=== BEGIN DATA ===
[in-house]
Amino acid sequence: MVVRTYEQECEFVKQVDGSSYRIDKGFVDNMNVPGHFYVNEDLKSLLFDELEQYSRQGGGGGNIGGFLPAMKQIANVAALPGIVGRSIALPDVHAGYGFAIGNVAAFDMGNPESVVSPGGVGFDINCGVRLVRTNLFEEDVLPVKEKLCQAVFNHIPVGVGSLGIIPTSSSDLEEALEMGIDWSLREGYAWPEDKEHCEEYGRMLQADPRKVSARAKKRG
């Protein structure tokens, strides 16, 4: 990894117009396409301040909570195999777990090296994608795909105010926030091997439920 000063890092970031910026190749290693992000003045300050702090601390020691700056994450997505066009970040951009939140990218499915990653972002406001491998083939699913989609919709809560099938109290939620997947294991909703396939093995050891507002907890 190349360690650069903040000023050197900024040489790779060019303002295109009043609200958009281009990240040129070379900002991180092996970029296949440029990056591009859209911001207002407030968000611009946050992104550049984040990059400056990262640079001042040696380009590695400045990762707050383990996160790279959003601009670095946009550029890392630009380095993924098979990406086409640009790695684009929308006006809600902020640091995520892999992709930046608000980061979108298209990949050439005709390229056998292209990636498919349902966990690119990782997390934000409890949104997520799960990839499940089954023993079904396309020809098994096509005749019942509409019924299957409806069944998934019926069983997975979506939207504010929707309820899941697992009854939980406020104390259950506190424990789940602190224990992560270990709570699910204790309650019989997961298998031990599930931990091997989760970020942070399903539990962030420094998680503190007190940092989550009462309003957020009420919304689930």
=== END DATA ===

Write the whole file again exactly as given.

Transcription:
[in-house]
Amino acid sequence: MVVRTYEQECEFVKQVDGSSYRIDKGFVDNMNVPGHFYVNEDLKSLLFDELEQYSRQGGGGGNIGGFLPAMKQIANVAALPGIVGRSIALPDVHAGYGFAIGNVAAFDMGNPESVVSPGGVGFDINCGVRLVRTNLFEEDVLPVKEKLCQAVFNHIPVGVGSLGIIPTSSSDLEEALEMGIDWSLREGYAWPEDKEHCEEYGRMLQADPRKVSARAKKRG
């Protein structure tokens, strides 16, 4: 990894117009396409301040909570195999777990090296994608795909105010926030091997439920 000063890092970031910026190749290693992000003045300050702090601390020691700056994450997505066009970040951009939140990218499915990653972002406001491998083939699913989609919709809560099938109290939620997947294991909703396939093995050891507002907890 190349360690650069903040000023050197900024040489790779060019303002295109009043609200958009281009990240040129070379900002991180092996970029296949440029990056591009859209911001207002407030968000611009946050992104550049984040990059400056990262640079001042040696380009590695400045990762707050383990996160790279959003601009670095946009550029890392630009380095993924098979990406086409640009790695684009929308006006809600902020640091995520892999992709930046608000980061979108298209990949050439005709390229056998292209990636498919349902966990690119990782997390934000409890949104997520799960990839499940089954023993079904396309020809098994096509005749019942509409019924299957409806069944998934019926069983997975979506939207504010929707309820899941697992009854939980406020104390259950506190424990789940602190224990992560270990709570699910204790309650019989997961298998031990599930931990091997989760970020942070399903539990962030420094998680503190007190940092989550009462309003957020009420919304689930």